3 Things I Learned From Finishing My First Solo Passion Project

Photo by Vasily Koloda on Unsplash

Recently I learned a lesson that many people know.

The closer you get to finishing a project.

The longer it seems to take.

Over the summer I started work on a project that merges Apple’s ARKit and Google’s GVR software. I naively thought that I would be able to finish it in about 3 weeks even though I had no prior experience with Unity, Blender, or the two SDKs mentioned above. Even so, I created a very tight time frame for completing my project thinking that I would be able to finish it in time.

Unsurprisingly, I was wrong.

I ended up spending about a month longer than I had planned, barely managing to create a somewhat acceptable product. While I might not be happy about how long it took to finish, I have to admit that completing my first passion project taught me some valuable lessons about working on something by yourself for the first time.

1. Your Time Frame is Incorrect

When jumping into something new for the first time, many people seem to overestimate their ability to complete it. I am a huge culprit of this, as every time I start in on something new, I think that I can learn and more importantly understand the topic in hours rather than the days or weeks that it normally takes. While it seems like common sense, people often forget that when trying to learn something brand new, you don’t know anything, which means that there is no way you can know who long something is going to take.

My project slowly evolved from taking days, to weeks, to months before I was able to finally complete it, and I think this means something. Rather than trying to set a time frame to learn a new skill or create a new product, it would be more effective to just work and let it take however long it does. This seems to be a mistake, as it is important to set deadlines and hold yourself accountable, but, if you're really passionate about finishing a project it will get done. Doing this allows for time to really dive deep into a topic, to become knowledgable without feeling guilty for not actively contributing to the greater end goal. If I was to start a personal project again, I would not have a deadline because if your working for the sake of learning, time is not of the essence.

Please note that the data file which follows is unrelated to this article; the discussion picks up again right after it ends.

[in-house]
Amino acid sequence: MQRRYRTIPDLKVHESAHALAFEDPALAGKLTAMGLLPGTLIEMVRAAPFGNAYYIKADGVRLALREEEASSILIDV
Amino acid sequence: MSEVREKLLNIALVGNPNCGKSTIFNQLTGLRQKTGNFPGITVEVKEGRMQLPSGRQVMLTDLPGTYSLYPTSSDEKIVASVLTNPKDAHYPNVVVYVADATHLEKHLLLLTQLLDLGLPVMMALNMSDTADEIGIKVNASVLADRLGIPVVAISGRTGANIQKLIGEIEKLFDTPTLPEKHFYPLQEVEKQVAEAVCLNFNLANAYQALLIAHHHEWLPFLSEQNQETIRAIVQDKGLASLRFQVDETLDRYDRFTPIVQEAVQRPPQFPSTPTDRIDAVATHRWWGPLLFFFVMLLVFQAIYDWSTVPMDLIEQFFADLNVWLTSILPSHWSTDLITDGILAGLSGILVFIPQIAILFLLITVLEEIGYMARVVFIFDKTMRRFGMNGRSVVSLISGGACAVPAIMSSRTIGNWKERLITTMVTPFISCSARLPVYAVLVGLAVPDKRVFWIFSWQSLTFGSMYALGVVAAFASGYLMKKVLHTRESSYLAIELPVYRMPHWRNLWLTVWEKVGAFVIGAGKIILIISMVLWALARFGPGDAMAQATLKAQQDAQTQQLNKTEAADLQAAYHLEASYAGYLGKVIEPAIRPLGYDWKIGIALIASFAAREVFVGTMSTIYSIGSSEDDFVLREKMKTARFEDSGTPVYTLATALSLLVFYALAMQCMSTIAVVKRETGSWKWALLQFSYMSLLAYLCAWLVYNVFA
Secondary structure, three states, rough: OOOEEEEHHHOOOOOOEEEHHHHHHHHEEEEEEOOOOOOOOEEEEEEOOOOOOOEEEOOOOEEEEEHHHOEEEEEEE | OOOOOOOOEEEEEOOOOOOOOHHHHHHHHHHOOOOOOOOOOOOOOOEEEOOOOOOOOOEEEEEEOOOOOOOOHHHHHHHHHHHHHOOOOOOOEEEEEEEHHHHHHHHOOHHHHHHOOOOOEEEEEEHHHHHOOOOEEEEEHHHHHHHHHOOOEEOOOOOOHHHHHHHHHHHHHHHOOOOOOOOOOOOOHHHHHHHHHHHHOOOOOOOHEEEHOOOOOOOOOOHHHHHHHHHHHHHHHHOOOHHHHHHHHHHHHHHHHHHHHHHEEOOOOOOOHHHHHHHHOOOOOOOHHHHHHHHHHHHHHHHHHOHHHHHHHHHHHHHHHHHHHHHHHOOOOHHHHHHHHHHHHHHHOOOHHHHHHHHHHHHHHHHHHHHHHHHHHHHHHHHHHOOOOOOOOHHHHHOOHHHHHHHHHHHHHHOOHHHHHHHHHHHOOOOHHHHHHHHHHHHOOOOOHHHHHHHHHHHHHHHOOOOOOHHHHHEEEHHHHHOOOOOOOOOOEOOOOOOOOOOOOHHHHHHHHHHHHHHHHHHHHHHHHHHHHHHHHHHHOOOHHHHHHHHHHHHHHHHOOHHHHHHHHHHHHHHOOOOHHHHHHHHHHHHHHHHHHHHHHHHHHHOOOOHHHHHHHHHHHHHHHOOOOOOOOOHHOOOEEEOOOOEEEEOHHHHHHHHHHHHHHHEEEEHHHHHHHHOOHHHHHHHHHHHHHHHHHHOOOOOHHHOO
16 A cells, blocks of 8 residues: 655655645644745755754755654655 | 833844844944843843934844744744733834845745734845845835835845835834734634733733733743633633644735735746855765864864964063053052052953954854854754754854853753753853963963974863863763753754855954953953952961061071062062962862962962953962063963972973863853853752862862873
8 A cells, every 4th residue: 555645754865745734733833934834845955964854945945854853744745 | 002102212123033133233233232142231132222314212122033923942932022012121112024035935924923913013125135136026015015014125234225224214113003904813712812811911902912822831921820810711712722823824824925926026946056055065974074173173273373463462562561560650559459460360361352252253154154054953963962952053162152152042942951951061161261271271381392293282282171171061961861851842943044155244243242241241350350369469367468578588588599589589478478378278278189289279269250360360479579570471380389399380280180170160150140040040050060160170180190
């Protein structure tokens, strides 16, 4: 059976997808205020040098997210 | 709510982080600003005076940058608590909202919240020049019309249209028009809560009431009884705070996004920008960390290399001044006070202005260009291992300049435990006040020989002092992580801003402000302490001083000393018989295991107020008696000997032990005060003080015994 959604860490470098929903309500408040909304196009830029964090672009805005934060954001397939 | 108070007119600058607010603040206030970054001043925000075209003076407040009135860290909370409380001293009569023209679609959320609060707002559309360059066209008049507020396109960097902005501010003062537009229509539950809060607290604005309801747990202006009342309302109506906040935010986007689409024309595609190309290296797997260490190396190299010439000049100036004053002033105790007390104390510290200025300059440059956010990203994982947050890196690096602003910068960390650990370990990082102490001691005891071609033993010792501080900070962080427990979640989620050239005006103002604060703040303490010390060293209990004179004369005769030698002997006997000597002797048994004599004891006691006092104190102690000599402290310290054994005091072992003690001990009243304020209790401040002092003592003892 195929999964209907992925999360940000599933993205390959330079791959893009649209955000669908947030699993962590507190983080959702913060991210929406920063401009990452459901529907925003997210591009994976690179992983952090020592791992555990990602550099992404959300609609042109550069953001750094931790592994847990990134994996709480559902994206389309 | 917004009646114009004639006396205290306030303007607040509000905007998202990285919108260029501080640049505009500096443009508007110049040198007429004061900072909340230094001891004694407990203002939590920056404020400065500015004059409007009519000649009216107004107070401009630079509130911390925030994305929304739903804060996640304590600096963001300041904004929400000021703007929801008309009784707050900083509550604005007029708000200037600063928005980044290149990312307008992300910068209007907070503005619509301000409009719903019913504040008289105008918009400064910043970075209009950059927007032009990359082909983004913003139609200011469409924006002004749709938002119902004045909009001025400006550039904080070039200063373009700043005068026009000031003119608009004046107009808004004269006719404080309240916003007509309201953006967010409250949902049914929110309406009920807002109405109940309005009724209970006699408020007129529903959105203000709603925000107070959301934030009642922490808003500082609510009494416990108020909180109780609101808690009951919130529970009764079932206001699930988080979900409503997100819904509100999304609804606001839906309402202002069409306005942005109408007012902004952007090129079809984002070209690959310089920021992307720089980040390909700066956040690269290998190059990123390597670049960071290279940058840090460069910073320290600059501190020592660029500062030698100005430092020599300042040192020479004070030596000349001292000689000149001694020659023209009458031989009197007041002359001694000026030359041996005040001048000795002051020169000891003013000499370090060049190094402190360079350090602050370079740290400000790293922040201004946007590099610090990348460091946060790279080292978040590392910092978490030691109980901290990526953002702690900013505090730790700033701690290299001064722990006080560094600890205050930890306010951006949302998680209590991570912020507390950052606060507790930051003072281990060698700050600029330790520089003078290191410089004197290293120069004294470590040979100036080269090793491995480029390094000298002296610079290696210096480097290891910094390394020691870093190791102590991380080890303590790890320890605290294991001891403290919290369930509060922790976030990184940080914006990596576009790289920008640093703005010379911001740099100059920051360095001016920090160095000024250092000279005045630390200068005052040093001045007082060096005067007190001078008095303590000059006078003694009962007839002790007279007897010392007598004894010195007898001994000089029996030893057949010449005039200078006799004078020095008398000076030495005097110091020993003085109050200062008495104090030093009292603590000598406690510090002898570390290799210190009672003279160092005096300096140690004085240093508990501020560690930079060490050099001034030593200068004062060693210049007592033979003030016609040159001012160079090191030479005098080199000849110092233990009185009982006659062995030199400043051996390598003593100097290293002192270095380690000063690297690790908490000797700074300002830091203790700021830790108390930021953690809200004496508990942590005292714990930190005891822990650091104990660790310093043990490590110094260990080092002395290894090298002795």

2. Detours Are Okay

While this may be something that I personally hate, the detours that I took throughout my project turned out to be highly valuable. Now, this doesn’t apply to every project, but it does apply to ones where learning is the end goal. During my VRKit project, I spend numerous hours exploring seemingly unrelated concepts and trying out new ideas that I ended up dropping days later, but this is okay. By doing this you not only learn what not to do, but you gain a new perspective on what to do and why.

Because I was working with Unity for this project I was able to learn all sorts of new information about the way in which the program worked. This knowledge proved imminently valuable as the project progressed; things that I thought would be irrelevant helping me to complete parts of the project in a new and more effective way. By taking detours in a personal project you prove that you are doing it in order to learn and get better, as it is the knowledge that you gain from a variety of different experiences that helps you to improve.

3. Finishing Inspires Confidence

There is a whole lot to say on this one, but anyone who has finished a personal project before knows that there is really no other feeling like being able to step back and say “I’ve finished”. In completing a project for yourself, you are able to prove that you really can do it and that you are capable of creating something that you are proud of. This feeling, for me anyway, ends up carrying into other areas of life as well, because you can look back and say “if I finished that I can finish this”. For those who are still working on completing something, do it if not to make yourself feel better; to inspire you in other areas of life.

So while it's not much, and definitely not anything new, there really are some things that can be learned from completing something for yourself. I hope you enjoyed my rambling thoughts on project conclusions and I wish you look in your own projects as well.

From,

My Tired Brain

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👋 My musings here are basically a public stream-of-consciousness journal, so please forgive my writing: it’s getting better, I promise.

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Connor Sparks

Connor Sparks

👋 My musings here are basically a public stream-of-consciousness journal, so please forgive my writing: it’s getting better, I promise.

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